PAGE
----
You live in Lahore, Pakistan. How does the country’s socio-political context inform your paintings? In my paintings, which also incorporate other media, I tackle themes that are linked to my life, experiences and surroundings in Lahore. My oeuvre is related to topics pertaining to history, especially in the 18th and 19th centuries, and how the events that occurred back then are still impacting our everyday lives today, both in Lahore and the rest of the world. I compare the socio-political situation then versus now. I usually come up with a basic idea and eventually, the work takes on a life of its own. The piece for ACAP is based on my previous works.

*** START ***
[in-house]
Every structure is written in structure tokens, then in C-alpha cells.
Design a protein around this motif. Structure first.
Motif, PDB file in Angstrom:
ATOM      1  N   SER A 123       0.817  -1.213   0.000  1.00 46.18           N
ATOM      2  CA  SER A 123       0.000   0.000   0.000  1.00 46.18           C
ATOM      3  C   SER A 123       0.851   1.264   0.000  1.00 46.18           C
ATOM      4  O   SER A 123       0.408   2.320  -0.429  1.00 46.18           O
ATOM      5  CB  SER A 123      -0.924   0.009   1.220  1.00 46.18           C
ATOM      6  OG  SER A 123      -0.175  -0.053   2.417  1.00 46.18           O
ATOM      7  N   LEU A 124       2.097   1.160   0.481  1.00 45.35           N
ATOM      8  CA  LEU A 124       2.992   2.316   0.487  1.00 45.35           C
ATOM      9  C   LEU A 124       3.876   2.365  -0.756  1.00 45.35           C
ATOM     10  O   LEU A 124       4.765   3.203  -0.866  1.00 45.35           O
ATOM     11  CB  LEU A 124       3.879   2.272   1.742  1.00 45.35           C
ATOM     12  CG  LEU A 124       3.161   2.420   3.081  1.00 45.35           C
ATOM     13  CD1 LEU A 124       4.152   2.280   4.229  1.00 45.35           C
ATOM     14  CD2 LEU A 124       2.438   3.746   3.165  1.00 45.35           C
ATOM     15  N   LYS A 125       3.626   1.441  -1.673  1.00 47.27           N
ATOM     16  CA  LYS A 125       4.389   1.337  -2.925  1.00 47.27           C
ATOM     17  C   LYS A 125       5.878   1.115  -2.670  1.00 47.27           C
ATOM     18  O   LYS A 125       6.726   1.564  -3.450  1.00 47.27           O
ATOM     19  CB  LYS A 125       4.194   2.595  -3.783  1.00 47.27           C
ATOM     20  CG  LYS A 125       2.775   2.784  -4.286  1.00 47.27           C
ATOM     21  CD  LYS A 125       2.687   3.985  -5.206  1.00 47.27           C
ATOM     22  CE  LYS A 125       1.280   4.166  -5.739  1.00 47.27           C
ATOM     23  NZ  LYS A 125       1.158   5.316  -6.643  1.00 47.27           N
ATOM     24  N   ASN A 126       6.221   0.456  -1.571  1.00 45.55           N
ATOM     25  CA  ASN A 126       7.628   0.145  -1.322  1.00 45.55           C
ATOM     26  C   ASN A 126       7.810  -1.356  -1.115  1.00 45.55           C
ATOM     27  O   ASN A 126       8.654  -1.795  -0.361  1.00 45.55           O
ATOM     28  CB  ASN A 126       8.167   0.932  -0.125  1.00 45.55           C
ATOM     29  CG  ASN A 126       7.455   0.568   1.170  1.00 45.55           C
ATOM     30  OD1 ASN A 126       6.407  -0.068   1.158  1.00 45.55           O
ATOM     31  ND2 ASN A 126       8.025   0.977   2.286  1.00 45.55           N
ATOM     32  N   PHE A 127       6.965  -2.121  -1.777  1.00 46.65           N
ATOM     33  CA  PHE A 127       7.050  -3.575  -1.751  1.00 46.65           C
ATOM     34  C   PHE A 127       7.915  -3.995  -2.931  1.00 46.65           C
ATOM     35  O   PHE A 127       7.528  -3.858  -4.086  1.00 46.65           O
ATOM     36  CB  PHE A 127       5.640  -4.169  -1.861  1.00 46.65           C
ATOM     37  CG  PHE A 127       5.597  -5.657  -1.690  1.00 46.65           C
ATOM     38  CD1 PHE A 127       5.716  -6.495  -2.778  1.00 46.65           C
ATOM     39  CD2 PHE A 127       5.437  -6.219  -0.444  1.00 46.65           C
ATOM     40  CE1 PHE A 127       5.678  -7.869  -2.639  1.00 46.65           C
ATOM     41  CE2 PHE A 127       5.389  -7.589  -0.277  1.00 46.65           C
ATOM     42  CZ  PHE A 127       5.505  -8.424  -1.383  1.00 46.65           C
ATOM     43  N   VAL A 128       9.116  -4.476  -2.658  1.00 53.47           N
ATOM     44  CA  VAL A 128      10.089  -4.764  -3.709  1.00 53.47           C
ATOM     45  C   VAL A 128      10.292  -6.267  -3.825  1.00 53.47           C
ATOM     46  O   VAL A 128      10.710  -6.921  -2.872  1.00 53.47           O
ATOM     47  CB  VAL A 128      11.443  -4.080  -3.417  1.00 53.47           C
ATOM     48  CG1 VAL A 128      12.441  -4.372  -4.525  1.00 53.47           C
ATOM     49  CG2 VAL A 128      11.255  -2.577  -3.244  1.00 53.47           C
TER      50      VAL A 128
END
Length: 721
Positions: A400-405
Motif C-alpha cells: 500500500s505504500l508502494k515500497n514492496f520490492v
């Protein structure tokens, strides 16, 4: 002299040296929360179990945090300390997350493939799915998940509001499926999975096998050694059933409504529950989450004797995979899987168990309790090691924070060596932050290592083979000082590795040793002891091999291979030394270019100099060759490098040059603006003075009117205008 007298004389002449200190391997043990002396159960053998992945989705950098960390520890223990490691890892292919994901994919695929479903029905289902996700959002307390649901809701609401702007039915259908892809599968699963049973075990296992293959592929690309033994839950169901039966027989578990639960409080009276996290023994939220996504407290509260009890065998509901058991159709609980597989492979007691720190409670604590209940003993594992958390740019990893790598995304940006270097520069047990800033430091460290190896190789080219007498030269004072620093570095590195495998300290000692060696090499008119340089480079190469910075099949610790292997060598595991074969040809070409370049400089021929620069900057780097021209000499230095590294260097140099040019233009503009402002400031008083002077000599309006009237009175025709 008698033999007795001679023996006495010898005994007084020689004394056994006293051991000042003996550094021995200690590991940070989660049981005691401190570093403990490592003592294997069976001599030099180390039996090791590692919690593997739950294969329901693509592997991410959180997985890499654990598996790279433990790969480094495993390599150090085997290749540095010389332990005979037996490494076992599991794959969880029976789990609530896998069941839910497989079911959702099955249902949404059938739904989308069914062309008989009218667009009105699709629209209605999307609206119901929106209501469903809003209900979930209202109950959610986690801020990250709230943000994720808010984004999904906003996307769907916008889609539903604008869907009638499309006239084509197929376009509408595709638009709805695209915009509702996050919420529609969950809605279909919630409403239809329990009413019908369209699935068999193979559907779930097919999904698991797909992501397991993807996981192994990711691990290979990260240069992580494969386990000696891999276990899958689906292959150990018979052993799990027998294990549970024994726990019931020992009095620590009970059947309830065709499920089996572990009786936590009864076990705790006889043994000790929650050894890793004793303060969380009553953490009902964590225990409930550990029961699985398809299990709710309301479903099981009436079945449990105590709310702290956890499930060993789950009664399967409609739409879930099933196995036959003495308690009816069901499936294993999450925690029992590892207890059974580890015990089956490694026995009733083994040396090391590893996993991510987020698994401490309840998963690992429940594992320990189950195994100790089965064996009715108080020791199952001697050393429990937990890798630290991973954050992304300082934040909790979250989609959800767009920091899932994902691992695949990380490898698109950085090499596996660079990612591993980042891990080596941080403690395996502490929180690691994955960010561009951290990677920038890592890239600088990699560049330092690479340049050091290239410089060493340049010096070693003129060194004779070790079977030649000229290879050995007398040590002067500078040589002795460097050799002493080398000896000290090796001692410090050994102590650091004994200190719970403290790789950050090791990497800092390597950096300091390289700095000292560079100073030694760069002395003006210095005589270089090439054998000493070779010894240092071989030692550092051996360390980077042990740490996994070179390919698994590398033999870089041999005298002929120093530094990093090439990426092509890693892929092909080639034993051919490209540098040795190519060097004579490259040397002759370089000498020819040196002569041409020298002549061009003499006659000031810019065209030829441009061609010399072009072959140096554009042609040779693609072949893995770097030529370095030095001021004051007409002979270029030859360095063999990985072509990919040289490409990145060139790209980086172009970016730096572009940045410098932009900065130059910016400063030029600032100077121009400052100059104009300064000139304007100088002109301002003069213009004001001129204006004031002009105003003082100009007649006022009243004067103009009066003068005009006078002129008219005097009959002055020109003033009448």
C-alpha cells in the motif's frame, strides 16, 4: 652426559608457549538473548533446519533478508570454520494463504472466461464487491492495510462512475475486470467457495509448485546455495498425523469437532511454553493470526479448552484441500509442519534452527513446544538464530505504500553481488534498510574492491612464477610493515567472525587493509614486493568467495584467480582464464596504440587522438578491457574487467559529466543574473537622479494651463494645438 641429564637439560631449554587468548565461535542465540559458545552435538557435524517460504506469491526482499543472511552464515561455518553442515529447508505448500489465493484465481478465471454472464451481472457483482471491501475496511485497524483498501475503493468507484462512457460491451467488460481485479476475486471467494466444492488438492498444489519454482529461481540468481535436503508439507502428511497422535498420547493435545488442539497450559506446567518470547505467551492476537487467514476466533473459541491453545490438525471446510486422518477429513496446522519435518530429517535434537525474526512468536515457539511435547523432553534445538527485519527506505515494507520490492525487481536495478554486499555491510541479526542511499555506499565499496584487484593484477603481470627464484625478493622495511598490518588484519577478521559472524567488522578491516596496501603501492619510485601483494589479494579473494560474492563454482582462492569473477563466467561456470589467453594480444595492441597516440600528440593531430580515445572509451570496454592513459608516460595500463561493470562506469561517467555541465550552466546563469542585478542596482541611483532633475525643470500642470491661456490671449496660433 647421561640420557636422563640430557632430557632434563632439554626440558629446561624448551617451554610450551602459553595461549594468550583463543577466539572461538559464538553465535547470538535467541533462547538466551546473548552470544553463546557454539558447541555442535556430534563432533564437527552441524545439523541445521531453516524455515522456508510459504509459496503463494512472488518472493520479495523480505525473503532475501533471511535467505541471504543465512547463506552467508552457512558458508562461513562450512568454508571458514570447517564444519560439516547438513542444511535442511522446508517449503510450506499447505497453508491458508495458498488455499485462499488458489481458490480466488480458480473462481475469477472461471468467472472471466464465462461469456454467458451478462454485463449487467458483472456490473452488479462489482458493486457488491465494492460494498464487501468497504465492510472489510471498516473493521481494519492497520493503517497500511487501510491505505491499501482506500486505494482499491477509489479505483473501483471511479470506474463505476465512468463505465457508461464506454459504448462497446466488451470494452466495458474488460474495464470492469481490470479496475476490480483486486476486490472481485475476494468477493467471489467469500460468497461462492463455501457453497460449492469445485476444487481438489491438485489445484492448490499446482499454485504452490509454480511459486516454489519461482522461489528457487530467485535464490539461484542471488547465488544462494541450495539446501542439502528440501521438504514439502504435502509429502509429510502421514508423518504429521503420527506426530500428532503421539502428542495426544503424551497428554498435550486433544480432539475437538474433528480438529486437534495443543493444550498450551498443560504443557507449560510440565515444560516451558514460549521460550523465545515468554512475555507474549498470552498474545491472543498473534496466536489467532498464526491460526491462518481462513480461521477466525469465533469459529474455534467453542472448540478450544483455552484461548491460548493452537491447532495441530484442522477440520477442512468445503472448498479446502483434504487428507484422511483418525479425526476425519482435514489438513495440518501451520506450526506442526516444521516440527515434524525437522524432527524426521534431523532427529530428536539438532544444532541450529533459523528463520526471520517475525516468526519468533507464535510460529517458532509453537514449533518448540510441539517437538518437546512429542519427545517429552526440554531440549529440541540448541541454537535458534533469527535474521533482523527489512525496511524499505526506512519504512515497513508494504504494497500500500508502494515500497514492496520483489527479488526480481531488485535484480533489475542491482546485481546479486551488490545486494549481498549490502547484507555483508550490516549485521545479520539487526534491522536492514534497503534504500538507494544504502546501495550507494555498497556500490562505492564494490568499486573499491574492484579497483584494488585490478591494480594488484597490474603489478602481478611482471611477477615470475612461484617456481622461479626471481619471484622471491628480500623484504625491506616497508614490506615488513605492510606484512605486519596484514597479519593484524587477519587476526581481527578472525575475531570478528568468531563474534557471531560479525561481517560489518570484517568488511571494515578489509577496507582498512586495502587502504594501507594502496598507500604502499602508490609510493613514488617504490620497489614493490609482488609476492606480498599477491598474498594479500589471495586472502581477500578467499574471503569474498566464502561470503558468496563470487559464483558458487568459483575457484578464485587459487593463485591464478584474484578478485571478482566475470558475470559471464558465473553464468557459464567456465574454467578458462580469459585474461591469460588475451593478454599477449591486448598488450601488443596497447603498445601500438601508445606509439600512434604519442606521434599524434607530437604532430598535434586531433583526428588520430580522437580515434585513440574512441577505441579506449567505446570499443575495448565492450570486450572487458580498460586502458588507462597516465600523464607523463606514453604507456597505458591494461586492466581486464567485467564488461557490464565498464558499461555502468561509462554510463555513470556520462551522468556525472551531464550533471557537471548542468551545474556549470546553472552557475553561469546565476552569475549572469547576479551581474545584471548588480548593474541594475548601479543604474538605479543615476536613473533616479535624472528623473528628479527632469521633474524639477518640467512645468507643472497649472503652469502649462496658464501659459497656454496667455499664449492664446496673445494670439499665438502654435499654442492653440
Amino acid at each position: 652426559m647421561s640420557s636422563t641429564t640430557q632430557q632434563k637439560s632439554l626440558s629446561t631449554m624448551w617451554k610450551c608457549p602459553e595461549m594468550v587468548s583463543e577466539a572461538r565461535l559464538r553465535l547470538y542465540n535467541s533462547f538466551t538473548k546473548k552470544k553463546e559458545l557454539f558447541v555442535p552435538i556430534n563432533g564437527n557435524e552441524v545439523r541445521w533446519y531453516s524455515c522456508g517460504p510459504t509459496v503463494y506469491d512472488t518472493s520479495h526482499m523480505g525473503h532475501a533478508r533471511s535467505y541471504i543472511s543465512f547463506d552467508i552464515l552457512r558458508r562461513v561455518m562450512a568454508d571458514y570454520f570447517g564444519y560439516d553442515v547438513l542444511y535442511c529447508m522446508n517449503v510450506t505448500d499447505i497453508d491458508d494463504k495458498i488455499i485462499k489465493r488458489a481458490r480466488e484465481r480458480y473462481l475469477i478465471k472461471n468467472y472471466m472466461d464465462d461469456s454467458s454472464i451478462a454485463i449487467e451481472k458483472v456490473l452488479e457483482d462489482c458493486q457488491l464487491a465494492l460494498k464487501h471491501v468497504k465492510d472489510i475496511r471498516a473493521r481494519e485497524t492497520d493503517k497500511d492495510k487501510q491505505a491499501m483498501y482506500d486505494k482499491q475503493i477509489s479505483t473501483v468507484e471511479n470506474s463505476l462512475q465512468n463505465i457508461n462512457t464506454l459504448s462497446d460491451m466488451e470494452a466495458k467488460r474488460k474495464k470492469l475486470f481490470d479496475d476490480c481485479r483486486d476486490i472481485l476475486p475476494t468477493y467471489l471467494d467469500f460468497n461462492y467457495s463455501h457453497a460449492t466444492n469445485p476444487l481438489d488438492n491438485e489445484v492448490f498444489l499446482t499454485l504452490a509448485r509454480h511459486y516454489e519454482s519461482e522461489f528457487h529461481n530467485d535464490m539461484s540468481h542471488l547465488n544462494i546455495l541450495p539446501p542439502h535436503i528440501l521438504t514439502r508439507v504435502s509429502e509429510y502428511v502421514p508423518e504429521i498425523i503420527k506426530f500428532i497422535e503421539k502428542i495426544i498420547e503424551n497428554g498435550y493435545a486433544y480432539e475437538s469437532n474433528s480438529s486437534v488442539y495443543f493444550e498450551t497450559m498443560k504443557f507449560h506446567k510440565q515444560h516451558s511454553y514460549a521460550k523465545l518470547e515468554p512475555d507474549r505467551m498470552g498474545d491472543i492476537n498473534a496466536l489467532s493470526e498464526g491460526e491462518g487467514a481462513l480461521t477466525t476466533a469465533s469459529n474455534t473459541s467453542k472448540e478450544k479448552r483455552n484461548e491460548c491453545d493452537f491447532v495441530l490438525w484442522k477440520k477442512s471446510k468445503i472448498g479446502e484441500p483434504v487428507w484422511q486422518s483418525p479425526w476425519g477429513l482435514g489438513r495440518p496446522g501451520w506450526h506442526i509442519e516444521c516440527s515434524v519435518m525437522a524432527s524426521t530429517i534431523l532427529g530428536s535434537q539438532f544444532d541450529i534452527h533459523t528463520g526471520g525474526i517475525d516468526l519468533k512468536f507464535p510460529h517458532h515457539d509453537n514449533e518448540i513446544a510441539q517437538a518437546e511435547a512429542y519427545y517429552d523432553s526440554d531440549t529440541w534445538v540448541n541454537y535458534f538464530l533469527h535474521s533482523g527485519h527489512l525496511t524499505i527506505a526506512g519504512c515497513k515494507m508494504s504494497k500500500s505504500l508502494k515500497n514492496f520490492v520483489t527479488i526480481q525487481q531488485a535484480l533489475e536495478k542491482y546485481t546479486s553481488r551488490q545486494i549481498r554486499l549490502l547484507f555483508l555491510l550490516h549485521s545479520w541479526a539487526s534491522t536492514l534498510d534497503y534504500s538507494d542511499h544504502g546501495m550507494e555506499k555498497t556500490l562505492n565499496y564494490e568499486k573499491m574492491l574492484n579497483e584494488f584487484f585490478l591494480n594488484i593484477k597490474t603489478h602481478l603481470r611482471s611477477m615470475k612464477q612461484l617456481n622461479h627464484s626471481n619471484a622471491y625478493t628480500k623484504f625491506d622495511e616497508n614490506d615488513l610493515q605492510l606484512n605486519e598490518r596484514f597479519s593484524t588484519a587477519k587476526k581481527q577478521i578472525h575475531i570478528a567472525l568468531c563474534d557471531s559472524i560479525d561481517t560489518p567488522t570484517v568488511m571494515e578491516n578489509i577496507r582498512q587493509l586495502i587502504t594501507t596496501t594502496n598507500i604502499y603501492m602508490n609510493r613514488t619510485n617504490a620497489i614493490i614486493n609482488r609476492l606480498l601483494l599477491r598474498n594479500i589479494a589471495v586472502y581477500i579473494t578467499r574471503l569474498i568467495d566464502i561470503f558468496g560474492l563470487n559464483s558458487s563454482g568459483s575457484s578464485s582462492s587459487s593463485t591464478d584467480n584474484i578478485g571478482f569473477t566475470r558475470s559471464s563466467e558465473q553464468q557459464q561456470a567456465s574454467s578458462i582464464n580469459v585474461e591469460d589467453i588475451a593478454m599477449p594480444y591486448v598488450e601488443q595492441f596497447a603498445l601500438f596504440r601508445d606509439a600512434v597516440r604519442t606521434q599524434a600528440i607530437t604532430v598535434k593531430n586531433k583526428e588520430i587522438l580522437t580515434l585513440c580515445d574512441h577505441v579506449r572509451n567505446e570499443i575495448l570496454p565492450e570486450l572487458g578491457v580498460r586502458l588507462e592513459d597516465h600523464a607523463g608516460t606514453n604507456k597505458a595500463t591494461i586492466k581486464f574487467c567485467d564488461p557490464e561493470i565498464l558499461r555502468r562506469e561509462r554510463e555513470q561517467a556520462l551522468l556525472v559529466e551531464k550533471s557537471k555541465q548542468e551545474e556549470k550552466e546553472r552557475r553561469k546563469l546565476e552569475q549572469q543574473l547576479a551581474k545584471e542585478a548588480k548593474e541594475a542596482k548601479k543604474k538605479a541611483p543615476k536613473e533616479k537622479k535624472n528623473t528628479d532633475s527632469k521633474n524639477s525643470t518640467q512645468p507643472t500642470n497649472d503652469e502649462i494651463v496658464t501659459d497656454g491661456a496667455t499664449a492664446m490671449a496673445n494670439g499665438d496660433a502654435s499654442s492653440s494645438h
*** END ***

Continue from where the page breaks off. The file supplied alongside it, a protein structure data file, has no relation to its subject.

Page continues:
Will your 2012 ACAP piece be the first time you work so closely with a curator? Yes, definitely. It will be an interesting process as I usually work on my own without any external input. It is a tight deadline, so as I am producing the work in Pakistan; Nat Muller [ACAP 2012 curator] and I will be communicating via phone and skype. We will also try to meet in person as often as possible in the next few months.
Read Risham’s interview with Art in the City that goes further into her themes, practices, and aesthetics.